Endangered Species Protection
There are no bounds to endangered species preservation!
Every day, up to 150 animal and plant species go extinct throughout the globe; let us assist customs officials to avoid this!
Customs Manager Ltd is campaigning for enhancing the lives of endangered animals and plants. After all, our children should be able to appreciate the richness and beauty of the flora and wildlife that our world has to offer.
We join the awareness-raising efforts of WWF, and many other organisations to protect our endangered species.
Arne Mielken, owner and founder of Customs Manager Ltd is regularly to the “People's Trust for Endangered Species (PTES).
We are also running webinars and training on CITES and assist companies with import and export permits for CITES.
We also regularly inform clients and subscribers about these initiatives.
Trade-In Endangered Species
Parrot feathers, hard coral, ivory jewellery and many more
These goods can be found at many tourist destinations. But: The international, sometimes illegal, commercial traffic in these appealing or unique artefacts is likewise thriving. Too many infractions of species protection legislation are still being recorded by customs, impacting tourist traffic and business commerce.
Do you know what you are trading?
Customs officials detect tens of thousands of animals, plants, and items created from protected species each year.
Customs officials detect tens of thousands of animals, plants, and items created from protected species each year. Many tourists purchase endangered species souvenirs and clothing out of ignorance, leading to the overexploitation of natural areas. However, even firms are frequently unaware that a handbag, a musical instrument, or a trophy purchased overseas was created from components derived from around 5,600 animal and 30,000 plant species that are endangered or threatened with extinction.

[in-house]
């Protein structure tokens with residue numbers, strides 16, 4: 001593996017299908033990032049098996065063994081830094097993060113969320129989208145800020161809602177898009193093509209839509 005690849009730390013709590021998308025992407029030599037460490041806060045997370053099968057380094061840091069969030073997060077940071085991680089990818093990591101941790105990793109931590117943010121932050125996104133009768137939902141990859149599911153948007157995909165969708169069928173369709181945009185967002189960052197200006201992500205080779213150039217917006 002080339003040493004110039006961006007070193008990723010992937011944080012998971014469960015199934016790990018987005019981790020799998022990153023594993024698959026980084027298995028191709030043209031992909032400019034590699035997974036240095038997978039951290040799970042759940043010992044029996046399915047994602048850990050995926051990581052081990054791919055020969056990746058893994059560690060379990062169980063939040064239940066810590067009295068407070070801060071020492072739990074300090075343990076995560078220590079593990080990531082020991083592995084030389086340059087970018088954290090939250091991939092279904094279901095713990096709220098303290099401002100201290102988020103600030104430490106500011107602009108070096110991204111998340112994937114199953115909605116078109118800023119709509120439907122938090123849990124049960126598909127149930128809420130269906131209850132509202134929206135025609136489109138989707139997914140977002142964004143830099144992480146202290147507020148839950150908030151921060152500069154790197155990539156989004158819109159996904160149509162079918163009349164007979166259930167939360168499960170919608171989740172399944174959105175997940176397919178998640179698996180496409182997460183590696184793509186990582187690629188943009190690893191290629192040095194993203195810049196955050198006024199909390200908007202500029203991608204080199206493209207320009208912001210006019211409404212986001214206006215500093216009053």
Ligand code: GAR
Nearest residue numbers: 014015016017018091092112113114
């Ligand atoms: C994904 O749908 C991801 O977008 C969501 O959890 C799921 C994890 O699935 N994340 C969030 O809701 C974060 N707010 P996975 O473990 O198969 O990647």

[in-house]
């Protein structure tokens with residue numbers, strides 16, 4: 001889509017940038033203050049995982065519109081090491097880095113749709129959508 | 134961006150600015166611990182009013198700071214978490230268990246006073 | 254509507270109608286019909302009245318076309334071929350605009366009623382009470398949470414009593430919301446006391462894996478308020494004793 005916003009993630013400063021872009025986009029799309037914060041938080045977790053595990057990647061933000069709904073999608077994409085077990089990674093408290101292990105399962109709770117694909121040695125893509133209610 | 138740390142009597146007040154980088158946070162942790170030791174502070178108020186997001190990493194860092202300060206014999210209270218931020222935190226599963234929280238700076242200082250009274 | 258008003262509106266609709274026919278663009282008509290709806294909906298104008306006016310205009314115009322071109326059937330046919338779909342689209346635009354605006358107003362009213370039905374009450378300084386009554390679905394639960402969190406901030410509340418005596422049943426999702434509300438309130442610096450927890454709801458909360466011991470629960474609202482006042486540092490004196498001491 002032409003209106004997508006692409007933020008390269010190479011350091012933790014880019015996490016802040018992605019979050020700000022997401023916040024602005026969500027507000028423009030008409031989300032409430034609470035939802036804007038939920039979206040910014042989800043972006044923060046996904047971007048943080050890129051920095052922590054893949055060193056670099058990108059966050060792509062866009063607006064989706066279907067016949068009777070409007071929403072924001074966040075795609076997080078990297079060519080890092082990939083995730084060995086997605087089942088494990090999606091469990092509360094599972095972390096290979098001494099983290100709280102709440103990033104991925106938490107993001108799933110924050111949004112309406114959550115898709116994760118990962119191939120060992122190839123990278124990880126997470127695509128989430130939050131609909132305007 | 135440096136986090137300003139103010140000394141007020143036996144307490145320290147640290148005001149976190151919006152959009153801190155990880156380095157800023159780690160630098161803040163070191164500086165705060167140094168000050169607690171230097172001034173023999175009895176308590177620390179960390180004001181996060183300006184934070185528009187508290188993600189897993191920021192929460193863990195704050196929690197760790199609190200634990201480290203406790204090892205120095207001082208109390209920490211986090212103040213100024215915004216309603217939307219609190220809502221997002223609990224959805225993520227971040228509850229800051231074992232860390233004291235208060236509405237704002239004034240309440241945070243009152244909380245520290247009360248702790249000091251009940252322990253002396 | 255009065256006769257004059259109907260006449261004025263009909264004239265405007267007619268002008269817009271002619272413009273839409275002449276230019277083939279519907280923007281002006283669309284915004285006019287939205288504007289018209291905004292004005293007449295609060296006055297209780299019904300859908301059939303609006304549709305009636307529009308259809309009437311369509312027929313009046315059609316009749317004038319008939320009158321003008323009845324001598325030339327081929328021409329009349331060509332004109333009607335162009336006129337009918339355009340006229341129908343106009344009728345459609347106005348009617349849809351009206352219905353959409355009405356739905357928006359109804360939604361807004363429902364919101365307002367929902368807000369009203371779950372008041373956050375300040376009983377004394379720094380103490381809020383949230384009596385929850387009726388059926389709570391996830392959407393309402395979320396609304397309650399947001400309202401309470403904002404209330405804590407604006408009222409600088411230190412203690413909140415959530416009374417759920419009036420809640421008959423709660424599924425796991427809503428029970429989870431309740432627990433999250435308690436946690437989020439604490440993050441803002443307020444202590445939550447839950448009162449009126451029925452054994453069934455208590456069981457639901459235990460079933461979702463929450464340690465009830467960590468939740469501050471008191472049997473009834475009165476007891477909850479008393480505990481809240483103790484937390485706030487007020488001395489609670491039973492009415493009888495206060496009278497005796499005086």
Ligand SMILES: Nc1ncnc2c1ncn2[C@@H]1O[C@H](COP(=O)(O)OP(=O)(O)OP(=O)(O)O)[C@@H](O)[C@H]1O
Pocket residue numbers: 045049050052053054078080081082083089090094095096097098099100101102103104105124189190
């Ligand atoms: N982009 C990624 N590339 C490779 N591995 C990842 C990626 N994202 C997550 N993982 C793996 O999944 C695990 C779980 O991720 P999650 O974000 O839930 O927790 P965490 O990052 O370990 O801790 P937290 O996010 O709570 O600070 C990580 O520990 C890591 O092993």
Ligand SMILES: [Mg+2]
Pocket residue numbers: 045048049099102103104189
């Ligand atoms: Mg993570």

Do you know what it is made of?
Commercial trading in species-protected animals and plants is thriving
Commercial trading in species-protected animals and plants is thriving. To safeguard biodiversity, Customs officers often confiscated these objects and mementoes upon arrival, whether commercially or individually. Anyone who illegally imports dangerous items that need a permit risks fines or possibly punishment.
Import & Export Restrictions
The regulation of these items may be traced back to the Convention on International Trade in Endangered Species of Wild Fauna and Flora (CITES), also known as the Washington Species Protection Convention.
It was closed in 1973 as a result of the significant fall of numerous species as a result of poaching and trafficking. CITES became international law in 1975.
The agreement's main instruments are import and export permission requirements. The greater the trade restrictions, the more endangered the species. Permission must be obtained online. In the customs declaration, the permit number must be included beside the relevant goods code, and the permit must be shown if requested.
We can assist you in getting the necessary CITES licences.
Learn about how to recognize endangered species and licence requirements
This four-hour course is designed to help you identify endangered species and to obtain the necessary licences prior to importing and exporting.
Species covered by the CITES Convention
Products covered by the CITES Convention
Export, Import and re-Export Procedures
How to apply for Permits
How to read and interpret Permits from other countries
The creation and use of Attestations within the EU
Hand carry vs. freight
The operation of the CITES Personal Effects Derogation
How to create and manage a CITES compliance programme
Working with freight agents and Customs authorities
Keeping your customers compliant
Repair and replacement of product
Penalties (Fines, Prosecution, Seizure and Destruction)